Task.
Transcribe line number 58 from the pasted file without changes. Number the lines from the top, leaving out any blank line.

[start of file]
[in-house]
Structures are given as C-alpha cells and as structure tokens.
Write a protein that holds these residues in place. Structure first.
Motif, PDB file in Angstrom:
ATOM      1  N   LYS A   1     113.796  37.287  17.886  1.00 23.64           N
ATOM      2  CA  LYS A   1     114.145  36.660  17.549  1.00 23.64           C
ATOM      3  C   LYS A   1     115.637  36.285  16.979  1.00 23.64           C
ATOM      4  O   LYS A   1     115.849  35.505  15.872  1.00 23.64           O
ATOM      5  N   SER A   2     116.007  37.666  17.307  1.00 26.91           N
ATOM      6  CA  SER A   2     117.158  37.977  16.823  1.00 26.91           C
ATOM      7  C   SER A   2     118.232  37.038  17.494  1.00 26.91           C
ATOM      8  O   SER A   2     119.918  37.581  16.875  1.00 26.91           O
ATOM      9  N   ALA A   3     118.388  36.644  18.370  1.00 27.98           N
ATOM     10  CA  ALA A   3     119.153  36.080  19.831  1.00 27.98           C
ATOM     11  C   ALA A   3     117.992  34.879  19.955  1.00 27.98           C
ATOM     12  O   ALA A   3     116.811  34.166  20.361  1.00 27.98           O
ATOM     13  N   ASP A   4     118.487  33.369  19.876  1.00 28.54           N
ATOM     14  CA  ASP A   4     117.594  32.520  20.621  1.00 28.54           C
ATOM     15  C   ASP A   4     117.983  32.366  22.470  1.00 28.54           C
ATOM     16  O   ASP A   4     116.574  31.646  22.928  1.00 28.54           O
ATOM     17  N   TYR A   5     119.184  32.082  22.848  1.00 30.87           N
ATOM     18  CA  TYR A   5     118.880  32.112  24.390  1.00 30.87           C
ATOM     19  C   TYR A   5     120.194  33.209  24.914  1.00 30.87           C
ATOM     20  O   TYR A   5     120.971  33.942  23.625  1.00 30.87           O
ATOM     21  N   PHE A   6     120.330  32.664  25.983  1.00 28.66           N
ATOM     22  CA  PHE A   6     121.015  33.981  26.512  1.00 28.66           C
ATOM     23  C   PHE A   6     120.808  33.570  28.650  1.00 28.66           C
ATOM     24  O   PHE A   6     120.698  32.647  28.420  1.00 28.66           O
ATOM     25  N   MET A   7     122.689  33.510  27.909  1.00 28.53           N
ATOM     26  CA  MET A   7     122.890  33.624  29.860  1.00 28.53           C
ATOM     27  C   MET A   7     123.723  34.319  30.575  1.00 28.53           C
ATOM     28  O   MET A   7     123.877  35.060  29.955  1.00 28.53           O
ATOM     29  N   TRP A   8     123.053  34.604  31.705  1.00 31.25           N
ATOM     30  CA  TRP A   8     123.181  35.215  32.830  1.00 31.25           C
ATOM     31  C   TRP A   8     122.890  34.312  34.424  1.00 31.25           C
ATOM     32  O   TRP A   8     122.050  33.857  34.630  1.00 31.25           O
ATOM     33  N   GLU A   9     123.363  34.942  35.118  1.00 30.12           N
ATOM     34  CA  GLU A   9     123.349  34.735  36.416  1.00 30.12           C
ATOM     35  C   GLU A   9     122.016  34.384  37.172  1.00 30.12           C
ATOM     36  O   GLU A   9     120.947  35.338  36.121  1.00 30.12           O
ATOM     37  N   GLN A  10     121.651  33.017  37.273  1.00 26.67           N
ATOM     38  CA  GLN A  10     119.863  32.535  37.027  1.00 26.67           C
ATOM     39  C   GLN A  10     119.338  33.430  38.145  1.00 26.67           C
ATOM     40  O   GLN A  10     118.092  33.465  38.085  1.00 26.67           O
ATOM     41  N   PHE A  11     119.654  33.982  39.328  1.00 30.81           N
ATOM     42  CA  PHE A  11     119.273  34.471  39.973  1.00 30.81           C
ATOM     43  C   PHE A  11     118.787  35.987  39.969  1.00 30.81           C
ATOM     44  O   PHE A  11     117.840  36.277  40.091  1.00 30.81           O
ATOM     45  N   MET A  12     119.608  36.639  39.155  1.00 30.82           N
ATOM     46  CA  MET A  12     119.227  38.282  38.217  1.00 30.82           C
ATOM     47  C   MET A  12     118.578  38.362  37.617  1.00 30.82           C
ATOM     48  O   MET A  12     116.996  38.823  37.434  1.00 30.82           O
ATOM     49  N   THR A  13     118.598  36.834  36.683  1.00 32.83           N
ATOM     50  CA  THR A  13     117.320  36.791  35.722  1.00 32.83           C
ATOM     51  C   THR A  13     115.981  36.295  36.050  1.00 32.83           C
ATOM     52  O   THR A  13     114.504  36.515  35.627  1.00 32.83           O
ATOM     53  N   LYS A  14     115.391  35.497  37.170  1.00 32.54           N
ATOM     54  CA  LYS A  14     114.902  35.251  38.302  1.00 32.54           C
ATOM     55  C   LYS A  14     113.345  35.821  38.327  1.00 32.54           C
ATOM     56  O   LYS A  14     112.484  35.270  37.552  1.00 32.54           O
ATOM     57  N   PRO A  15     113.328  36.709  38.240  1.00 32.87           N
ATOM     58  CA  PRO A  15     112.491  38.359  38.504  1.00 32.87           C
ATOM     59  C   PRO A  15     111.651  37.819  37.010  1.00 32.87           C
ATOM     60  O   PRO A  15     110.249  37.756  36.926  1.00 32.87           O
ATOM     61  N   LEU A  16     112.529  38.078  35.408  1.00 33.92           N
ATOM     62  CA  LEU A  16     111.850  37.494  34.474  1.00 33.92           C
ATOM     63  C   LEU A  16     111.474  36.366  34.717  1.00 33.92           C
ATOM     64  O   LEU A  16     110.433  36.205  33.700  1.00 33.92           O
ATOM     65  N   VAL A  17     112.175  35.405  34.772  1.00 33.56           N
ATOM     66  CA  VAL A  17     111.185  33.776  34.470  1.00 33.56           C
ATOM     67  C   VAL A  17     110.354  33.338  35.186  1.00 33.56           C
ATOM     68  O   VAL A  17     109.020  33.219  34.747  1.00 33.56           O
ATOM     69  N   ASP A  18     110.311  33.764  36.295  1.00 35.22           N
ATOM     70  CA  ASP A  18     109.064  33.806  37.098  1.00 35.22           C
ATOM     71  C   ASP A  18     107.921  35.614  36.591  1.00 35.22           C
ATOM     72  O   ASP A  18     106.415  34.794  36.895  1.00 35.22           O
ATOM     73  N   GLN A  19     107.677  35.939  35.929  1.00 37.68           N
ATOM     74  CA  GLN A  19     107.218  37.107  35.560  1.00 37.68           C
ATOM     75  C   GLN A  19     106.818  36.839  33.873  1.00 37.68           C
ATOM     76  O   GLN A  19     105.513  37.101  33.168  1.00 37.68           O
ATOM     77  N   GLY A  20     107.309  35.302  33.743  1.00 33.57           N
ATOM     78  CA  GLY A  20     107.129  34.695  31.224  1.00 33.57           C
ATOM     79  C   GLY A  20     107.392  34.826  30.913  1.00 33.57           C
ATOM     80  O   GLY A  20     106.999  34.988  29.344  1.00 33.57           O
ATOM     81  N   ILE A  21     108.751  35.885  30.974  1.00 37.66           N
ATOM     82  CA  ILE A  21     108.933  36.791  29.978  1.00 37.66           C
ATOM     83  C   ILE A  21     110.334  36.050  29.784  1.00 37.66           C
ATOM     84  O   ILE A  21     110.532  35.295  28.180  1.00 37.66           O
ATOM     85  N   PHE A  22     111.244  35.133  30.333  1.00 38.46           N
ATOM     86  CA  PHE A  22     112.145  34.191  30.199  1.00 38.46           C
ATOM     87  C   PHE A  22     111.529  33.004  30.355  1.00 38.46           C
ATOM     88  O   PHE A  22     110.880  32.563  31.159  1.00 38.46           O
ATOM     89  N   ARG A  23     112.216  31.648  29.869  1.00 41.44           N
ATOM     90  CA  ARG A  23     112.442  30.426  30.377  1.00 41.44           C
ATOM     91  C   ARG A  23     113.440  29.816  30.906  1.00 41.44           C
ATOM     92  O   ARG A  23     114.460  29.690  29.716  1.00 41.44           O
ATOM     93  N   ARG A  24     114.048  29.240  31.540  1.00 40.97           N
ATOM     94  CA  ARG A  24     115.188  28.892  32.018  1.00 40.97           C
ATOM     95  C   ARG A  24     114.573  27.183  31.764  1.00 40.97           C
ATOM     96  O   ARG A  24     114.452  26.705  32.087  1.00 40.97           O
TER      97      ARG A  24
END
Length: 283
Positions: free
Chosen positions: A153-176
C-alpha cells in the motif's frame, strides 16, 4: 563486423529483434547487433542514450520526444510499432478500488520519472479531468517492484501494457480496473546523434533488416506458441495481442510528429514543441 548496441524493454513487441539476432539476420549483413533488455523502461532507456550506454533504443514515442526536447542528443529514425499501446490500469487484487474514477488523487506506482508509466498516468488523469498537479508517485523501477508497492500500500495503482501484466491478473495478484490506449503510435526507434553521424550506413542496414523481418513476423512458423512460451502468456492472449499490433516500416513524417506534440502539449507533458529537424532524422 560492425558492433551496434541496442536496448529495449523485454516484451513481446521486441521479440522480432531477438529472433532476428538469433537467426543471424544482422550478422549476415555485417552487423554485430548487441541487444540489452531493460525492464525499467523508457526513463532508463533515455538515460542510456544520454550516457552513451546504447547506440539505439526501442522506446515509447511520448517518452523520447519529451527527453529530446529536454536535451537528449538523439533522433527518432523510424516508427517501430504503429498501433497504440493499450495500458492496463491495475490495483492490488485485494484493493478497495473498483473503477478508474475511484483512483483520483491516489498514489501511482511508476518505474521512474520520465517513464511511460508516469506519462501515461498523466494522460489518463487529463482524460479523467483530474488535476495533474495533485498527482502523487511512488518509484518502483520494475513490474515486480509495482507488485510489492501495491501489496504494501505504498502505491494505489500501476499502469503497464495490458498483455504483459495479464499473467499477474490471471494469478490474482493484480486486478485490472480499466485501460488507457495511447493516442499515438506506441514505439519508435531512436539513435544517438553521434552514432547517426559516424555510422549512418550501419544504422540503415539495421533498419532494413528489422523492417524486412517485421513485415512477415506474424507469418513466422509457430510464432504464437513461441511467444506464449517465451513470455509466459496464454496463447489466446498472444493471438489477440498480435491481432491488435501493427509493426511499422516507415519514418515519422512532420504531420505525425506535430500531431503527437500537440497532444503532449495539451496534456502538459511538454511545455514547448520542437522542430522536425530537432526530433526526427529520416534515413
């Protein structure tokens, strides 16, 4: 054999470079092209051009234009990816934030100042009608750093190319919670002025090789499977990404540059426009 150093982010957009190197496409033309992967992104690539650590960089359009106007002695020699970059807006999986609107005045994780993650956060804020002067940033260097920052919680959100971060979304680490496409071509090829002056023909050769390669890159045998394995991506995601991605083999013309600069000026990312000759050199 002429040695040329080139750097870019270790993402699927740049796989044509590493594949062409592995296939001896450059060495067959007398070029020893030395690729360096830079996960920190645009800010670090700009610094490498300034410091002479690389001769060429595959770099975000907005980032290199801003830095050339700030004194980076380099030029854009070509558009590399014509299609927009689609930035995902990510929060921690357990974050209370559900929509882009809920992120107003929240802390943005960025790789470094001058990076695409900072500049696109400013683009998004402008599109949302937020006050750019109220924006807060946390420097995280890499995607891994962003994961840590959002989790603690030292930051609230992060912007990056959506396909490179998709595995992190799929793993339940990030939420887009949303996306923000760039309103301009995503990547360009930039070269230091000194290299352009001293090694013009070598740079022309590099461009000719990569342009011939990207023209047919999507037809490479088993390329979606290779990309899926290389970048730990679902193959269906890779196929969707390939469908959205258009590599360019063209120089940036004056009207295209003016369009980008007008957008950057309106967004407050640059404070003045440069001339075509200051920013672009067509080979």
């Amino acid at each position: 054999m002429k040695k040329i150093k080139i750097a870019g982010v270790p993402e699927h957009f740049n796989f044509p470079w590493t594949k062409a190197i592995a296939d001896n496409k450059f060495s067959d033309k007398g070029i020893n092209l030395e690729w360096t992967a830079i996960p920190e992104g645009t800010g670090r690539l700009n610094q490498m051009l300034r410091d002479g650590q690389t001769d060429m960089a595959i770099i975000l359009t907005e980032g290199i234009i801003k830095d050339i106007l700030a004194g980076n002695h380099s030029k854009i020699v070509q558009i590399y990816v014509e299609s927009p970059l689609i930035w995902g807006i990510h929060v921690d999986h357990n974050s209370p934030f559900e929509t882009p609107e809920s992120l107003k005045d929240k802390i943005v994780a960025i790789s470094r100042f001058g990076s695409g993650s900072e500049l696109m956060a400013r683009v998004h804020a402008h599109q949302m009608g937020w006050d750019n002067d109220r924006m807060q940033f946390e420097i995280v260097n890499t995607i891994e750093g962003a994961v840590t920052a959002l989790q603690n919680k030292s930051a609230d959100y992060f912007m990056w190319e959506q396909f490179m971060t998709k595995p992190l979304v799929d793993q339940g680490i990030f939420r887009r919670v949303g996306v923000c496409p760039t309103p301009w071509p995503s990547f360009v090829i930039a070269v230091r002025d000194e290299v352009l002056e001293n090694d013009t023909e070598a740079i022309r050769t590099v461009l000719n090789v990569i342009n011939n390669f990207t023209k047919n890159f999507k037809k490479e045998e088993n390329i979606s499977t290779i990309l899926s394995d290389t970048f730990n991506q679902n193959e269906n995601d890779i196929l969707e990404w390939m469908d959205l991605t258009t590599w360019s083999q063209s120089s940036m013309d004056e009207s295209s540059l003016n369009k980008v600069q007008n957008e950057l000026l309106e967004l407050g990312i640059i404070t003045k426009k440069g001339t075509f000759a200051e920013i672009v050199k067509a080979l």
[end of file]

ATOM     54  CA  LYS A  14     114.902  35.251  38.302  1.00 32.54           C